Here’s what really happened: Chris Carpenter was still angry at himself for giving up the homer to Hunter Pence. Having his confidence shaken a bit, he needed to feel like he was a stud for coming back and retiring Lee.  When Lee wouldn’t do him the courtesy of acting like a beaten man, Carpenter flipped and decided to jaw about it.  There’s not much more to it. (UPDATE: Oops, I was wrong: Pence’s homer came after the popup. Lance Berkman’s RBI single preceded Lee’s at bat. General point still stands, though; Carpenter was sore that he was pitching in trouble.)

I appreciate that La Russa is simply trying to defend his guy here, but please, baseball is positively drowning in unwritten rules, secret handshakes and the Byzantine politics of “respect.” How about everyone just get over themselves already and play some friggin’ baseball?    

Pete Mackanin on Phillies’ bullpen: “Somebody else has to [bleeping] step up.”

PHILADELPHIA, PA - JUNE 15: Manager Pete Mackanin #45 of the Philadelphia Phillies makes a pitching change in the eighth inning during a game against the Toronto Blue Jays at Citizens Bank Park on June 15, 2016 in Philadelphia, Pennsylvania. The Blue Jays won 7-2. (Photo by Hunter Martin/Getty Images)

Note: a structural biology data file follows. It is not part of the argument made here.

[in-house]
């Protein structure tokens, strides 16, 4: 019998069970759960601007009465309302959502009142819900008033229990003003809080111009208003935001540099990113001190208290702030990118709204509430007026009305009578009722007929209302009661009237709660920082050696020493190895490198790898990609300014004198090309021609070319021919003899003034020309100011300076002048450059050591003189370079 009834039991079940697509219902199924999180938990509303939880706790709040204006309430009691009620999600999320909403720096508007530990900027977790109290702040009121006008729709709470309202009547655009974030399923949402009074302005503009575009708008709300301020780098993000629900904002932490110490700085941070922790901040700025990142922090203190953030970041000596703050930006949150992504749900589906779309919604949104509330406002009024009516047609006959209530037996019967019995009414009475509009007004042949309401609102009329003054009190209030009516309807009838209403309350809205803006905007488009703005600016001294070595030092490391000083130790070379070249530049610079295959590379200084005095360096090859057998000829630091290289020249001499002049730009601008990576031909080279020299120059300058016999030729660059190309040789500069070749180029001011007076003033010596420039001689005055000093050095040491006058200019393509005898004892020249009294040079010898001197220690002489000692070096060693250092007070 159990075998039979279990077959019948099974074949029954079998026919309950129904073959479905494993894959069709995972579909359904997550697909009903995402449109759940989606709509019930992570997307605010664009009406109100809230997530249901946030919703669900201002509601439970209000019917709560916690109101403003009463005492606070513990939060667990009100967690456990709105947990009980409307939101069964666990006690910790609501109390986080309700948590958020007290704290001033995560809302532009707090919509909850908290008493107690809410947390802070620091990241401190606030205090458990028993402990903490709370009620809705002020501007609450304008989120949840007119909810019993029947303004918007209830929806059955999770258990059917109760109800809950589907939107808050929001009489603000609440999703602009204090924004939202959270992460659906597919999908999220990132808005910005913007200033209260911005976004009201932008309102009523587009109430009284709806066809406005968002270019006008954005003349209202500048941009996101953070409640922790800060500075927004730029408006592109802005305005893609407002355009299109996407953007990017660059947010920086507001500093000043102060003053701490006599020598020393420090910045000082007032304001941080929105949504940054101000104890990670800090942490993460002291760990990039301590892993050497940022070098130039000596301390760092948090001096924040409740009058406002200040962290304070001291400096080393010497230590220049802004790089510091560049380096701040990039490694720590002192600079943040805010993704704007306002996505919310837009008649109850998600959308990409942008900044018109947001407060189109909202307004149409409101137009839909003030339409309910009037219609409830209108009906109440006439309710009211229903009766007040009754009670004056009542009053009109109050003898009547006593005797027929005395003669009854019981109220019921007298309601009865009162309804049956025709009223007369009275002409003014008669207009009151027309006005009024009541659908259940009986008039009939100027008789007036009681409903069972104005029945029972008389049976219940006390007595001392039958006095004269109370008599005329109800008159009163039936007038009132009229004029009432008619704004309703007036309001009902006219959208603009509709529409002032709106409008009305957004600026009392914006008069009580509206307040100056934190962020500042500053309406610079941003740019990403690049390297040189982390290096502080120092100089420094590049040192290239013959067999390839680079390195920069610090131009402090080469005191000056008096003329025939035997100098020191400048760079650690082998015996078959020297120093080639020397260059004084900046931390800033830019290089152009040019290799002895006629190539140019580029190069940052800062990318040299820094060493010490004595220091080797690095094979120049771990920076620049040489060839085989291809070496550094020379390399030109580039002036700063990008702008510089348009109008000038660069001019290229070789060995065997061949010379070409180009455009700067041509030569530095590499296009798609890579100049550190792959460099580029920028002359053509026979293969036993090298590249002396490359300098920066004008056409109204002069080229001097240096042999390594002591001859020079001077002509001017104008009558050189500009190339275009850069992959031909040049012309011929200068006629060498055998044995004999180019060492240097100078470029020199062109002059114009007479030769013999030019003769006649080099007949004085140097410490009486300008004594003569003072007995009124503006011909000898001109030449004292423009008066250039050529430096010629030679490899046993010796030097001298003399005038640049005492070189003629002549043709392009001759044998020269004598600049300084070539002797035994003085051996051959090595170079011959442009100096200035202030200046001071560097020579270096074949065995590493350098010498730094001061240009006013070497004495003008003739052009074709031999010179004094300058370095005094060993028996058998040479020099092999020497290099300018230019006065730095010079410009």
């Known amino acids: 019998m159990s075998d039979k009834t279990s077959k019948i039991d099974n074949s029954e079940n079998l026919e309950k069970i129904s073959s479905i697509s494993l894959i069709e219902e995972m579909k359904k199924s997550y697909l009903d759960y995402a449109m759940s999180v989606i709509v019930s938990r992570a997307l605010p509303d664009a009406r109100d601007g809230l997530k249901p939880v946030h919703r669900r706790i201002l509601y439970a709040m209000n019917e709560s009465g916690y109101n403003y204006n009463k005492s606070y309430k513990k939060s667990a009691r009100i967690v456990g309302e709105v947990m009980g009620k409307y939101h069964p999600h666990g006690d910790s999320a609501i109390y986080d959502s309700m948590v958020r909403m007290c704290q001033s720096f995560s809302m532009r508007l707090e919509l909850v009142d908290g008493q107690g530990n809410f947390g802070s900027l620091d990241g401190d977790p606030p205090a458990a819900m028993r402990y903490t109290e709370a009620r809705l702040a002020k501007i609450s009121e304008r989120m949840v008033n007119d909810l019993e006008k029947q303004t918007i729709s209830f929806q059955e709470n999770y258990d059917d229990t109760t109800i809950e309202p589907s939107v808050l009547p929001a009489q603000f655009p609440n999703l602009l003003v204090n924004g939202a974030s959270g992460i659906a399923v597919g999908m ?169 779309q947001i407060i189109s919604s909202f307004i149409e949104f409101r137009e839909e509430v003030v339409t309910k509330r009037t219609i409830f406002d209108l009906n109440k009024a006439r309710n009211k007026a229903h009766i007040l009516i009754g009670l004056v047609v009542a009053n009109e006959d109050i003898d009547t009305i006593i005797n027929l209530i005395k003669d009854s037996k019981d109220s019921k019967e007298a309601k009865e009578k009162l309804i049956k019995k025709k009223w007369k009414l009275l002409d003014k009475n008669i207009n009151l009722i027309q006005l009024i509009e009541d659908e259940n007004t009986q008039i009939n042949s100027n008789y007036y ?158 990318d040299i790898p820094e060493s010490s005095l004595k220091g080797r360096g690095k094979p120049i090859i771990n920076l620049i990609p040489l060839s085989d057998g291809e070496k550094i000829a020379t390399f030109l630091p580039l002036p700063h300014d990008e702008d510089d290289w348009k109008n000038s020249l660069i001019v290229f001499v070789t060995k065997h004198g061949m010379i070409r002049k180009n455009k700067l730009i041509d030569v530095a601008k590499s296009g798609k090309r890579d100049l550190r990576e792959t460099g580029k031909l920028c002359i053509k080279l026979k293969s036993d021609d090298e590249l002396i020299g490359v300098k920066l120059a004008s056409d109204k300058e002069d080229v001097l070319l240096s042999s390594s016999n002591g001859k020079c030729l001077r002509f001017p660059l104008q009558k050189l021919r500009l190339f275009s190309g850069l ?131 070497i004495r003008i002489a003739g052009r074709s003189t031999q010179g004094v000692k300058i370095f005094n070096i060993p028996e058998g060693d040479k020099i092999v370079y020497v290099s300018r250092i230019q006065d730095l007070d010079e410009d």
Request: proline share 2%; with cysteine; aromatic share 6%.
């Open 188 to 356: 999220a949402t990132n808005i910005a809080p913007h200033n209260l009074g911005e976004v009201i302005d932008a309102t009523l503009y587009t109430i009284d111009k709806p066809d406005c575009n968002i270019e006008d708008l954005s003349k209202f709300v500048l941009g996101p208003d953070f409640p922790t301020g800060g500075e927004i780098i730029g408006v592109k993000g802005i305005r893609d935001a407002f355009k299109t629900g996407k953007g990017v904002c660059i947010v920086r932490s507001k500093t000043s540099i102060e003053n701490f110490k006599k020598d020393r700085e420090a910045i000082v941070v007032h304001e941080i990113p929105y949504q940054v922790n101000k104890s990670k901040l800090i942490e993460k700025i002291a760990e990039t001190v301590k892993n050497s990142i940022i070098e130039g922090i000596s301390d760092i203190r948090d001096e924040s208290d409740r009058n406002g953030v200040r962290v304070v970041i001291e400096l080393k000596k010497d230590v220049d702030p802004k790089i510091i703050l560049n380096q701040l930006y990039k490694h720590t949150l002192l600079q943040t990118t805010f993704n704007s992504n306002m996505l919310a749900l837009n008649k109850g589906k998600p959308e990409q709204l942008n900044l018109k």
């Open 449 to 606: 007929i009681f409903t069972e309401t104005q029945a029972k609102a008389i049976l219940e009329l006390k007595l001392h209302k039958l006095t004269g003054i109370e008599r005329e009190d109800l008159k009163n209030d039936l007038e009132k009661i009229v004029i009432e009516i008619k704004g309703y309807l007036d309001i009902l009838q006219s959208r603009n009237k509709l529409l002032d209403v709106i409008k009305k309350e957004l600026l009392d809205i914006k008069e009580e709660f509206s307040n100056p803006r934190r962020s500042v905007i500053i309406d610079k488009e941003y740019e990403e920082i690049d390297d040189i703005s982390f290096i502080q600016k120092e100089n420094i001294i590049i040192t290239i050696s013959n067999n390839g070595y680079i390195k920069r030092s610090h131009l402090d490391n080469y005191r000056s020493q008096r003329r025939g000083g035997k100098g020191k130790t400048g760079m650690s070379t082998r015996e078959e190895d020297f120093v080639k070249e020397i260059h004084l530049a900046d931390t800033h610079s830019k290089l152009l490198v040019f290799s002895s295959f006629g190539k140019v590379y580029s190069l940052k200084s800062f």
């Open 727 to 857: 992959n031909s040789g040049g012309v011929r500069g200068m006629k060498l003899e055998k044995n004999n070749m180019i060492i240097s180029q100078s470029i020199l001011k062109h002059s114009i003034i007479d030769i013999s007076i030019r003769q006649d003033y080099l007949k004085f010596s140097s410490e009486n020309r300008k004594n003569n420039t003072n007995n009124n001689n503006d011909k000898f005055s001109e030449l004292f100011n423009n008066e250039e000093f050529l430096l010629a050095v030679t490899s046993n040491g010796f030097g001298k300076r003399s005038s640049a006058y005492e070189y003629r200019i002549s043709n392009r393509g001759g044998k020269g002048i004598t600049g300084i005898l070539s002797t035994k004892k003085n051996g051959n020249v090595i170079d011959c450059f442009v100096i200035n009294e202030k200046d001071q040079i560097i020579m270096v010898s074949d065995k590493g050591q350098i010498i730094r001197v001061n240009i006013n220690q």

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The Phillies’ bullpen led to yet another loss on Tuesday. Severino Gonzalez, Luis Garcia, Joely Rodriguez, and David Hernandez combined to allow six runs in five innings, allowing the Braves to come back and win 7-6 after falling behind 6-0 after the first two innings.

The game prior, the Phillies’ bullpen surrendered 14 runs in four innings in a 17-0 loss to the Mets. The game before that, the bullpen yielded four runs in four innings, nearly squandering the Phillies’ 10-0 lead after four innings. And last Thursday, the Phillies had taken an 8-6 lead in the top of the 11th, but Edubray Ramos served up a walk-off three-run home run to Asdrubal Cabrera. It’s been a tough month.

Manager Pete Mackanin ripped the bullpen when speaking to the media after Tuesday’s game. Via Jim Salisbury of CSN Philly: